I've seen in multiple places project owners choosing to stick with GPLv2 to prevent the FSF from releasing a license that the project owners don't agree with
This does not prevent the FSF from releasing whatever licence they like, but it does prevent such licences from applying to the project.
Are there any real licensing dangers
No, except for the danger that the copyright owner will disagree with the new licence.
associated with this ability to seemingly change your project's license at will?
Delete the word “seemingly”: the FSF can change the project’s licence, but only under the following conditions:
- It must be done via a new version of the GPL, which would apply to all projects that chose GPLv2+ or GPLv3+, and which would become the recommended licence for most new projects.
- Affected projects must have opted into this by choosing GPLv2+ or GPLv3+, as opposed to GPLv2-only or GPLv3-only.
For example, if the FSF were to release "GPLv4" and it's just the exact text of the MIT license what would happen to projects that are licensed under GPLv3+? Could they be licensed under the terms of "GPLv4"?
Yes, that is what the ‘+’ in “GPLv3+” means.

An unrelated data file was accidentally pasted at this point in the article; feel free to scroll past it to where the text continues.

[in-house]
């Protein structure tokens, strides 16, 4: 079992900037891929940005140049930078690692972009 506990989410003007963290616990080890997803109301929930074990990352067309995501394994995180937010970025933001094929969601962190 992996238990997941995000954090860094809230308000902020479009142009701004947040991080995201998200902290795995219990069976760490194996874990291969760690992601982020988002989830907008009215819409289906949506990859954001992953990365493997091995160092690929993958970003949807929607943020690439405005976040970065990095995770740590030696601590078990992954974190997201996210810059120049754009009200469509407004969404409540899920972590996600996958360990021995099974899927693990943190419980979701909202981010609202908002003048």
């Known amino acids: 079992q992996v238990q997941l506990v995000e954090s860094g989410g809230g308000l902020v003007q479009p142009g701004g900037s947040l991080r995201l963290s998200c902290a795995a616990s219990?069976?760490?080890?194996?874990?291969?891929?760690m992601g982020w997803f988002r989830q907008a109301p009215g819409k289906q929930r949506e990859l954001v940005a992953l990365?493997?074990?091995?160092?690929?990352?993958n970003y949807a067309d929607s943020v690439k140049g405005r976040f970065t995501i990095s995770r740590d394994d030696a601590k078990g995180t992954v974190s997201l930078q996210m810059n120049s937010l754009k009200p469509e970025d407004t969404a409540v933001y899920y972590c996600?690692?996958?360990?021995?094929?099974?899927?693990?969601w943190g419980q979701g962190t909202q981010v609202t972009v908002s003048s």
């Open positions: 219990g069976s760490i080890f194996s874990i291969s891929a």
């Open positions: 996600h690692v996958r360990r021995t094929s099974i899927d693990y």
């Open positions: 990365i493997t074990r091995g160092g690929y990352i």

But this only means that any additional permissions granted to the licensee in GPLv4 are available, including the right to distribute modified versions under difference licences. Any additional obligations imposed on the licensor in GPLv4 do not take effect, unless the licensor explicitly licences the project under GPLv4. The relevant text in GPLv3 section 14 is:
Later license versions may give you additional or different permissions. However, no additional obligations are imposed on any author or copyright holder as a result of your choosing to follow a later version.
GPLv2 does not have corresponding text. But the GPL FAQ says:
When you convey GPLed software, you must follow the terms and conditions of one particular version of the license. When you do so, that version defines the obligations you have. If users may also elect to use later versions of the GPL, that's merely an additional permission they have—it does not require you to fulfill the terms of the later version of the GPL as well.
Back to the question:
it's just the exact text of the MIT license
This is an interesting example, because it does not seem to be in the spirit of GPLv3, as required by GPLv3 section 14:
The Free Software Foundation may publish revised and/or new versions of the GNU General Public License from time to time. Such new versions will be similar in spirit to the present version, but may differ in detail to address new problems or concerns.
It seems that there is a bit of ambiguity here, as discussed in Is the “similar in spirit” provision of the GPL legally binding?.
Are there restrictions within the GPLv3 that prevent this from happening?
No, this would basically be impossible. The copyright owner is always free to licence the work under whatever other terms they like, unless they grant an exclusive licence. It seems unlikely that a public licence could be an exclusive licence, and it would definitely go against the spirit of free software licences.